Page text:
1. This is also marvelously explained by Richard Strigl in “Capital and Production” (published by the Mises Institute). His explanation, acknowledged by Roger Garrison in “Time and Money”, hinges on the idea of capital consumption in the intermediary stages of production, thus generating both higher investment in capital goods (and higher employment) as well as higher consumption during the boom. When the busts arrives, the new investment projects become unprofitable, thus generating lower productivity and higher unemployment; consumption also falls in ripple effects due to lower incomes but also higher money demand generated by uncertainty regarding future employment opportunities. The structure of production must be reset.

    Ultimately, the whole theory hinges on the role of time and, as you point out, capital specificity and complementarity.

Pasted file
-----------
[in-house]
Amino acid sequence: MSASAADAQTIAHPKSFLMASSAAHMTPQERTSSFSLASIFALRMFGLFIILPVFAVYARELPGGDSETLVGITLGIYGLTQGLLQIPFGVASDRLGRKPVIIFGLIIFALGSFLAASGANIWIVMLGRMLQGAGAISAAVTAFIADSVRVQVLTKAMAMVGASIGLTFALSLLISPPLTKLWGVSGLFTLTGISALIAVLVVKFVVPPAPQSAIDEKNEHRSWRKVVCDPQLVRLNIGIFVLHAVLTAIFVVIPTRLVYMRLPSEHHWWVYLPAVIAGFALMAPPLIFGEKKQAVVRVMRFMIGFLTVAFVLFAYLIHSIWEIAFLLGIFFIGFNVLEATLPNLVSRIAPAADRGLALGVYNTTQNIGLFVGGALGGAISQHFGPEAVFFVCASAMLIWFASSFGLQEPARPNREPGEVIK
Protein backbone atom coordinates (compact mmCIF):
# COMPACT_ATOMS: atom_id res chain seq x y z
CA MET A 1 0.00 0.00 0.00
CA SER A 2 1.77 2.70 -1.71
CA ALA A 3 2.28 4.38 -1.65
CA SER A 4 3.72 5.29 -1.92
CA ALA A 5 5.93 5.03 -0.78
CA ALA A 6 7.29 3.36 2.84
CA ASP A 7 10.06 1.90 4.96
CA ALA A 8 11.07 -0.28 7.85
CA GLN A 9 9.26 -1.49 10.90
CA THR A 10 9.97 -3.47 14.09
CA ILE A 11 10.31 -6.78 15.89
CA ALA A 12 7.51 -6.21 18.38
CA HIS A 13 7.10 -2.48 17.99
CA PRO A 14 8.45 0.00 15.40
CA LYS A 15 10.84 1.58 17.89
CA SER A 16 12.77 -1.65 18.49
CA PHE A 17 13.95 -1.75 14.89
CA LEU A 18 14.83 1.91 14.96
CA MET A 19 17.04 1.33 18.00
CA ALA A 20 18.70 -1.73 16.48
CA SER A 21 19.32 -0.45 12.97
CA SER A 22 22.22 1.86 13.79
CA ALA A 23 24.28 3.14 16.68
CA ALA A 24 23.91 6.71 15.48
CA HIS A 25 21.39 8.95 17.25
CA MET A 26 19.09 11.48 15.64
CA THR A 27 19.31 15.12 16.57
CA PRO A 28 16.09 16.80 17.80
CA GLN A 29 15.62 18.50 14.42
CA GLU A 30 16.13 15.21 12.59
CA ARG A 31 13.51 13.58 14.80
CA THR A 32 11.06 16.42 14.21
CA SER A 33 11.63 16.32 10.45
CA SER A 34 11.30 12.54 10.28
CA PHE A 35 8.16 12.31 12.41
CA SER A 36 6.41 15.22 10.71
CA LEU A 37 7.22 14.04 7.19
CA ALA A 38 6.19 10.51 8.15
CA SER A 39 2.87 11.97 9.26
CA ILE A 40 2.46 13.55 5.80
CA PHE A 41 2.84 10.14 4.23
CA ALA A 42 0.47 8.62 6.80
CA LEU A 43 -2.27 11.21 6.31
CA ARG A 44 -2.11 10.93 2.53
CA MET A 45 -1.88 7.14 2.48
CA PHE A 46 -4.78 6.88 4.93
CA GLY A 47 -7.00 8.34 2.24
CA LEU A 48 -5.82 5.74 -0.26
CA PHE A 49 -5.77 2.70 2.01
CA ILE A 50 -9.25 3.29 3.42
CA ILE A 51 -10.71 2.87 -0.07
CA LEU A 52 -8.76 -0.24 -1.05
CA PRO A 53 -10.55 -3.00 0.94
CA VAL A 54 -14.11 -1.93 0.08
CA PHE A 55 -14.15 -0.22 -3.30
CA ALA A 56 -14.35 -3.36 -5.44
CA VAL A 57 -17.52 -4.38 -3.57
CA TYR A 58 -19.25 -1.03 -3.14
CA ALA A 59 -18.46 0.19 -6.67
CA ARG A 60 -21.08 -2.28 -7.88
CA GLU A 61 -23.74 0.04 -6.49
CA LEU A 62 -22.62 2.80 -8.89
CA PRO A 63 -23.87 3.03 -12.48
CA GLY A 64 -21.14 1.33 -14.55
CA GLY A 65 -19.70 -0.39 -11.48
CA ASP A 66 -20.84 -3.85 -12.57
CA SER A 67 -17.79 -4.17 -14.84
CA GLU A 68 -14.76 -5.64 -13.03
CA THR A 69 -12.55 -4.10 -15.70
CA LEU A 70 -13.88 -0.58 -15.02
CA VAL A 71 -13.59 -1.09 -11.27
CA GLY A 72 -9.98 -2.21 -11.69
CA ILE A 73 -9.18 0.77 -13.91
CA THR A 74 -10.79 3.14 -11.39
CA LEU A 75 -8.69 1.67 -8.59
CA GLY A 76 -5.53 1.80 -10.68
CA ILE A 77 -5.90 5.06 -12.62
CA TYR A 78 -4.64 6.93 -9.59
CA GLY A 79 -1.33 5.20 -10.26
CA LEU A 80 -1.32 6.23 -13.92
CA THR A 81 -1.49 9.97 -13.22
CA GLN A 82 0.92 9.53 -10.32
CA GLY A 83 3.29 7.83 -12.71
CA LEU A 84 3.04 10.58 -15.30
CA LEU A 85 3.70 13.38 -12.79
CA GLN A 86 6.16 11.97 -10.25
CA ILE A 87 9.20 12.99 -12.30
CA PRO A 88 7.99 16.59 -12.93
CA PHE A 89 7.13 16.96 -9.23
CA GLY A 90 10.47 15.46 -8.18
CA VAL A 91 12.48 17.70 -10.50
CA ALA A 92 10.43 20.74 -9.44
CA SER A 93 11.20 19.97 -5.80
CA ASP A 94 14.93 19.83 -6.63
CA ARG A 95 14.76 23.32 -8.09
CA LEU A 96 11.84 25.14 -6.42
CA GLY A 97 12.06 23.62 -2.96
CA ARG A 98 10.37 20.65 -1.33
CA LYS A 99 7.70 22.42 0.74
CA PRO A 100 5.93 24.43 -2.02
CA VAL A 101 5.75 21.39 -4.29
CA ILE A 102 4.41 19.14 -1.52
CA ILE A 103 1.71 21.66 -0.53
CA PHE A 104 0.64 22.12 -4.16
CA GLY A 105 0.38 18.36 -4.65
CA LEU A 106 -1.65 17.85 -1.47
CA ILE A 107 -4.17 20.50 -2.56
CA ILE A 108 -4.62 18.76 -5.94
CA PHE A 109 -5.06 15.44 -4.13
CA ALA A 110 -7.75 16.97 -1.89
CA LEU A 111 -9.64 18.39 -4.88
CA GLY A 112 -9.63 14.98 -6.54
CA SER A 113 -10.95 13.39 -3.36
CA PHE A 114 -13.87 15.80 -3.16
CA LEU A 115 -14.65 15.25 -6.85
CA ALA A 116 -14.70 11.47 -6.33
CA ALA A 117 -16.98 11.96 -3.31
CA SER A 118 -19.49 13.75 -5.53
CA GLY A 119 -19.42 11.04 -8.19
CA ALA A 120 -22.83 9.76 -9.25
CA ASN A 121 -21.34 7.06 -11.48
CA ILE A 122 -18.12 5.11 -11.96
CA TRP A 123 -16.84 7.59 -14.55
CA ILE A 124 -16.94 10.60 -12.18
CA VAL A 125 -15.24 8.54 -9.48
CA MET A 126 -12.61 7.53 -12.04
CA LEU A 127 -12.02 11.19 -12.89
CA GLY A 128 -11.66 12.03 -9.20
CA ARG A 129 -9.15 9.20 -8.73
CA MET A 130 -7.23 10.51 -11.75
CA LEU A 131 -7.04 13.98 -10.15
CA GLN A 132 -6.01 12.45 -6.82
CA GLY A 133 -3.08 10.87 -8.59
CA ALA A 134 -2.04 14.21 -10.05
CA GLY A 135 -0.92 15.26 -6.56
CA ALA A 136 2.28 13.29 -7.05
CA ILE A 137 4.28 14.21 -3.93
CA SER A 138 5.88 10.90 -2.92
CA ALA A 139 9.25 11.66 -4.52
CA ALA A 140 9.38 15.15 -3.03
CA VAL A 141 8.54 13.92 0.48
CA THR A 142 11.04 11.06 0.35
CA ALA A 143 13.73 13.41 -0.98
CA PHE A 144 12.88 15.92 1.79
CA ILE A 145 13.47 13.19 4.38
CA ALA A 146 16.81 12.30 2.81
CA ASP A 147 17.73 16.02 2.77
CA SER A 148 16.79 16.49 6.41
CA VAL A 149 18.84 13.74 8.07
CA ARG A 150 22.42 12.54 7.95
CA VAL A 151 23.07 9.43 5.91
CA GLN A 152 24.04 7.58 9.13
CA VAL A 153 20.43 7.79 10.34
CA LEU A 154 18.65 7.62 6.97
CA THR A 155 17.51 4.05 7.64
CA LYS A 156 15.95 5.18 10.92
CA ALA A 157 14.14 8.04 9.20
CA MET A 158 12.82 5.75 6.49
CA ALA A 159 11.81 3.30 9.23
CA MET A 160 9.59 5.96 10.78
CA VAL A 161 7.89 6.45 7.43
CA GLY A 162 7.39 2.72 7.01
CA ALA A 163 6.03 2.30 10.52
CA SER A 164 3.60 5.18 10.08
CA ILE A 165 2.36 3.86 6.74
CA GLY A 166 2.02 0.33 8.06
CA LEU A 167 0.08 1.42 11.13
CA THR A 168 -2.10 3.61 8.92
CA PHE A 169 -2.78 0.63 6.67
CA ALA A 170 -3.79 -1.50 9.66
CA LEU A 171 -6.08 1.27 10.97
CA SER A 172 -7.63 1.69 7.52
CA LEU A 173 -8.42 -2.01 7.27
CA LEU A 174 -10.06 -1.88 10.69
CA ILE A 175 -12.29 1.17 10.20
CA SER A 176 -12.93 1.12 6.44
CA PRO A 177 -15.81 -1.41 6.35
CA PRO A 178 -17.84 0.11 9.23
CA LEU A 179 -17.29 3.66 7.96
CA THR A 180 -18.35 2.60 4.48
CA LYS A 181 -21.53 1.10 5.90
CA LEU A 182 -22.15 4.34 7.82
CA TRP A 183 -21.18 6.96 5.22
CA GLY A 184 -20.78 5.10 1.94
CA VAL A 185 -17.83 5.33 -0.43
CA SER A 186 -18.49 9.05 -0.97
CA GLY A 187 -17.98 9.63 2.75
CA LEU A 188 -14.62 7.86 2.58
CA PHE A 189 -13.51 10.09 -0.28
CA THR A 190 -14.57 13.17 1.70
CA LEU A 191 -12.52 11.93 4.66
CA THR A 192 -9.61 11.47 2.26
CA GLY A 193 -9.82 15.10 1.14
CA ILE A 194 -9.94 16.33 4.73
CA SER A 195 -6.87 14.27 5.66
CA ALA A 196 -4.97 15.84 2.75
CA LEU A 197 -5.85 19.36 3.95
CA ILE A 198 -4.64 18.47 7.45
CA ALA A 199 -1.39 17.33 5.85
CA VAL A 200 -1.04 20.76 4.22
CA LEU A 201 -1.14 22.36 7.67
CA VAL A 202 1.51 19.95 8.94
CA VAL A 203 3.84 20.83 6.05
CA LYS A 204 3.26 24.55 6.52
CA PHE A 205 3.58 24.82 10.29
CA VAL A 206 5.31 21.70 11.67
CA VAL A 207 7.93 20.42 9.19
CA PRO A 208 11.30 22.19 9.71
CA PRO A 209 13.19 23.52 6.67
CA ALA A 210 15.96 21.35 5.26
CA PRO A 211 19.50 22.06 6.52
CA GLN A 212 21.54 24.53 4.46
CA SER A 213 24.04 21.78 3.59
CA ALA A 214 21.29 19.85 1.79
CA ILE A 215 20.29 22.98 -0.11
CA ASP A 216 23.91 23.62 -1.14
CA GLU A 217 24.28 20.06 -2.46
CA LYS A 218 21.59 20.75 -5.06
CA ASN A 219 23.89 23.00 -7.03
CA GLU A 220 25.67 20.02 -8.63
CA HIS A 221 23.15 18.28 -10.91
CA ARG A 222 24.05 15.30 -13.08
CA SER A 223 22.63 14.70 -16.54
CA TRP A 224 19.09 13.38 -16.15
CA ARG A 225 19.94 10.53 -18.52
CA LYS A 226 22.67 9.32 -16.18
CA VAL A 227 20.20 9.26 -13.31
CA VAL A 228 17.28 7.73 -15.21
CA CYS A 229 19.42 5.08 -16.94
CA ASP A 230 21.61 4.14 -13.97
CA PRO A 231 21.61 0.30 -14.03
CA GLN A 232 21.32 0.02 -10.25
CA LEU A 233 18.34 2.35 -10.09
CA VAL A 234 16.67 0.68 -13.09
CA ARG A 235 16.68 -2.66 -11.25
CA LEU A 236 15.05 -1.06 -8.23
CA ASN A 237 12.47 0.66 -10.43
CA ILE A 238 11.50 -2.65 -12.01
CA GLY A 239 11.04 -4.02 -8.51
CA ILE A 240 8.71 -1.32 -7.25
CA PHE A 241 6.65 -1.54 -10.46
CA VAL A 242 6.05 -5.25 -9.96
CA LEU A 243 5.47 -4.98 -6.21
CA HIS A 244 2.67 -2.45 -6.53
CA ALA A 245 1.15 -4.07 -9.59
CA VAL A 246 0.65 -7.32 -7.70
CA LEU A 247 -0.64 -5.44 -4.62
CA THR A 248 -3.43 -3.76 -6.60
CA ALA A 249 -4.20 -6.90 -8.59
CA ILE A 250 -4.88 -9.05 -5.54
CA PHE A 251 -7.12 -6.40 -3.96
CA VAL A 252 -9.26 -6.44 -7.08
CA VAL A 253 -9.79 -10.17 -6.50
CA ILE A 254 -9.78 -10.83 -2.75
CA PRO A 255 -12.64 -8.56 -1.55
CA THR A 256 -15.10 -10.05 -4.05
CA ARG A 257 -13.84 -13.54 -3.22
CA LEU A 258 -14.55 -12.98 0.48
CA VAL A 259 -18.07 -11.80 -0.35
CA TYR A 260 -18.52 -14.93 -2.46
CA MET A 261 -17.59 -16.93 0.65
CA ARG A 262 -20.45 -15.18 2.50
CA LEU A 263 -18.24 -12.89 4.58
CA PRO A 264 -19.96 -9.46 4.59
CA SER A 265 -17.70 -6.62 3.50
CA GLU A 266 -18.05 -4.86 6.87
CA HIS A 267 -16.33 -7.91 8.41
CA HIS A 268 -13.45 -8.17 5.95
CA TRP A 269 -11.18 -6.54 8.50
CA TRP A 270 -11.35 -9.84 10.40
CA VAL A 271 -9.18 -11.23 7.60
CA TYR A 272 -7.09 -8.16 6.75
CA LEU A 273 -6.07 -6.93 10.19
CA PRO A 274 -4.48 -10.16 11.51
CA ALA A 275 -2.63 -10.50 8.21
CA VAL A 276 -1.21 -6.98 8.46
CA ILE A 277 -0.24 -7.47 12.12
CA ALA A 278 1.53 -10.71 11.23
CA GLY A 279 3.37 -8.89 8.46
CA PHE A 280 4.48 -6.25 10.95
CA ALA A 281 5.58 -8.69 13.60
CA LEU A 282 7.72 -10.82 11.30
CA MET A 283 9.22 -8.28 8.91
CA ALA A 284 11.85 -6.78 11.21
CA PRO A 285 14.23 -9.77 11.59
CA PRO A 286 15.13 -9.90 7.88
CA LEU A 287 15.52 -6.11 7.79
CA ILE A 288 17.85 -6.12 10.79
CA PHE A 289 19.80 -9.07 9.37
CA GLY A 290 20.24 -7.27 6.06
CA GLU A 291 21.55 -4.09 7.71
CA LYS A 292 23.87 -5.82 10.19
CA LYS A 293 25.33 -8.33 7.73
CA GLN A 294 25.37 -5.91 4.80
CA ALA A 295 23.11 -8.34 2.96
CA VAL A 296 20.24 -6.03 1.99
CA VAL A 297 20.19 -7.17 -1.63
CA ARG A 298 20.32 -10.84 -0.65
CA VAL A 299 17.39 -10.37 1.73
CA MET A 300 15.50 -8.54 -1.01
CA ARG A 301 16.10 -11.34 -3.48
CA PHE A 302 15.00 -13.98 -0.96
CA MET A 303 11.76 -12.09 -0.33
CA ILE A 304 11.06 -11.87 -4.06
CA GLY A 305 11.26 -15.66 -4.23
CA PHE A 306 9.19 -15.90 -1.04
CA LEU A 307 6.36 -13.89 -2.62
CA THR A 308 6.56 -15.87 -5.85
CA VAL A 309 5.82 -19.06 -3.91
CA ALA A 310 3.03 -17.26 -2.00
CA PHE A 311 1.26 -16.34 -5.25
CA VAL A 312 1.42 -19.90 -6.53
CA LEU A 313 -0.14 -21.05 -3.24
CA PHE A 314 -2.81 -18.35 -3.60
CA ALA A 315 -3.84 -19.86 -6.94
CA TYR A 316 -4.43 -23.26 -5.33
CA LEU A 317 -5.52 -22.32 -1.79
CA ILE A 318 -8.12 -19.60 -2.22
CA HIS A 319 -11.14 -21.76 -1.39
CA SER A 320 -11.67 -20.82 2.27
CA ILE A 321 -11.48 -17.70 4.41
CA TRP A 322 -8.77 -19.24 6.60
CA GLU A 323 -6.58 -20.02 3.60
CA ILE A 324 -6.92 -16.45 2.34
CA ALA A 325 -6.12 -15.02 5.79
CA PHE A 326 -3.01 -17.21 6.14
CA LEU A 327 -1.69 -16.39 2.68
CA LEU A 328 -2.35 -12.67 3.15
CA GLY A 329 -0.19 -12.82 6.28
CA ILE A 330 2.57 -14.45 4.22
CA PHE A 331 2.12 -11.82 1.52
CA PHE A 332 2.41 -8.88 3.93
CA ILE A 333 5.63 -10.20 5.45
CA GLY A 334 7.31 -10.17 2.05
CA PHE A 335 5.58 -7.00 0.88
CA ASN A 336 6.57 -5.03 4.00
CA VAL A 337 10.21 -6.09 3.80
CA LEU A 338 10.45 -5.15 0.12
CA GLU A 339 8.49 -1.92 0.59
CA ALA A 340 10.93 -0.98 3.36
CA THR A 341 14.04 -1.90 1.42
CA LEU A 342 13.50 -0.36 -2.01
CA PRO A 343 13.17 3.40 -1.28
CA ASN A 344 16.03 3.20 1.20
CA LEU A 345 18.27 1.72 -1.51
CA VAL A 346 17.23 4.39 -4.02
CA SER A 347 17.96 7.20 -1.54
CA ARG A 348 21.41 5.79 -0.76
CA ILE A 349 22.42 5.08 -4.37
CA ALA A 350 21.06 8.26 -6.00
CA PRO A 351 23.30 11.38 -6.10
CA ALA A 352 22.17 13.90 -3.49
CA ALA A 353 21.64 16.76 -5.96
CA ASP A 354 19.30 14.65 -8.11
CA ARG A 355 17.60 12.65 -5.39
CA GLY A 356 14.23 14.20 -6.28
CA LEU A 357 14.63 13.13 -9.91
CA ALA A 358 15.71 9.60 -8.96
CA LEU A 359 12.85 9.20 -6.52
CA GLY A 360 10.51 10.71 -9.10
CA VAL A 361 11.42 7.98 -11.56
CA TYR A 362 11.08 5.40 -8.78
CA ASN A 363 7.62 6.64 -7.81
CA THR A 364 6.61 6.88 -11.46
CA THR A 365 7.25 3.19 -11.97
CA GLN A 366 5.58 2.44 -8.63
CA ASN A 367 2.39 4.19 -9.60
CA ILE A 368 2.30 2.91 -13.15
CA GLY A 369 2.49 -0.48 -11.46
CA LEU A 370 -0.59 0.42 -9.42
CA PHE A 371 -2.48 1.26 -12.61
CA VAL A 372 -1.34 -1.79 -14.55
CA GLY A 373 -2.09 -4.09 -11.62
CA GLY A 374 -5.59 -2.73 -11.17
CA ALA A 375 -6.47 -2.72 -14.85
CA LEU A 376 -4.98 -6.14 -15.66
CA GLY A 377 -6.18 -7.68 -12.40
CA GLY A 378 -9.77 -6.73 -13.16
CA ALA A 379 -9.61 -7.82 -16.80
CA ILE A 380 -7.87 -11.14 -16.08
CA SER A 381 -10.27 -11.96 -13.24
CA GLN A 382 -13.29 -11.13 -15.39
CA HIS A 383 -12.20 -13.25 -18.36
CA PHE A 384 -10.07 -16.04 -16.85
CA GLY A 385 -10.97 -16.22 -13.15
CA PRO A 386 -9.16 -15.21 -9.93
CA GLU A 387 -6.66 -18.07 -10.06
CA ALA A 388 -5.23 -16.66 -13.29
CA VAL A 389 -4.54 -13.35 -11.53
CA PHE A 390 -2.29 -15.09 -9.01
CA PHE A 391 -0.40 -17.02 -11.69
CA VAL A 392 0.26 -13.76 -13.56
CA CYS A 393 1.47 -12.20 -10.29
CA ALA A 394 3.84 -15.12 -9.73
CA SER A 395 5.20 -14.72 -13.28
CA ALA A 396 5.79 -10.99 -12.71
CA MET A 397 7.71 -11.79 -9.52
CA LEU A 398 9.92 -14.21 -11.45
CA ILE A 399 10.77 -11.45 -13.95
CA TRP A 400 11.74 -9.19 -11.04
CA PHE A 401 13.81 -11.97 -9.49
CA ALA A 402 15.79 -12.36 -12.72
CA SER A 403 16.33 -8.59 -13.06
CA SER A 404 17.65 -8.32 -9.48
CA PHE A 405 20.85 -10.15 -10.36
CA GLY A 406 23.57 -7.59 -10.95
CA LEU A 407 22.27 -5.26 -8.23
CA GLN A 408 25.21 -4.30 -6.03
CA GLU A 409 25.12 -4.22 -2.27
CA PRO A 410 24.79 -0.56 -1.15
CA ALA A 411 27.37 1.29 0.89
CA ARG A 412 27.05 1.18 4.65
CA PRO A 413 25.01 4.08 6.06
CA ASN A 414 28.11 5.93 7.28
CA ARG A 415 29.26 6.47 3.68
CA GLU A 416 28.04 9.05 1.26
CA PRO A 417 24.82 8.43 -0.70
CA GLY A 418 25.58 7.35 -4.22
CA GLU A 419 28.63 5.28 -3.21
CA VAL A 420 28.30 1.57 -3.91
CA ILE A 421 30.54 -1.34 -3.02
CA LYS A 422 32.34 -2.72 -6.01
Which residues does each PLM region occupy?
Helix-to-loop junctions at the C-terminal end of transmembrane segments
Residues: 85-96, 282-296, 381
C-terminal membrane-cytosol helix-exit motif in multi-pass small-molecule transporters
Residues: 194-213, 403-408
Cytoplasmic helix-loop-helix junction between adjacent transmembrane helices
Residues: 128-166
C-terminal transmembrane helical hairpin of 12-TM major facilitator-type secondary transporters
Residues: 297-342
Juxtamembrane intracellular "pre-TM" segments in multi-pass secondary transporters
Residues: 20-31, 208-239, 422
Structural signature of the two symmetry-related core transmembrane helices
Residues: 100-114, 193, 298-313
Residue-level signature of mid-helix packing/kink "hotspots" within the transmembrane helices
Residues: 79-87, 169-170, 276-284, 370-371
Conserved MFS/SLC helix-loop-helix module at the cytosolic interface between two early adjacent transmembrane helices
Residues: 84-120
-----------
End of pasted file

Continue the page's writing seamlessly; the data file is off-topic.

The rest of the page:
2. Bogdan,

    “…consumption also falls in ripple effects due to lower incomes but also higher money demand generated by uncertainty regarding future employment opportunities.”

    While this could be true, the demand in this case is not likely to be for actual money, but rather for something that can be fairly easily converted to money in the future, preferably earning interest in the meantime. Future employment uncertainty doesn’t likely produce a demand for a medium of exchange.

    Regards, Don

  3. Bogdan,

    “…consumption also falls in ripple effects due to lower incomes but also higher money demand generated by uncertainty regarding future employment opportunities.”

    While this could be true, the demand in this case is not likely to be for actual money, but rather for something that can be fairly easily converted to money in the future, preferably earning interest in the meantime. Future employment uncertainty doesn’t likely produce a demand for a medium of exchange.

    Regards, Don
    BTW I love your blog!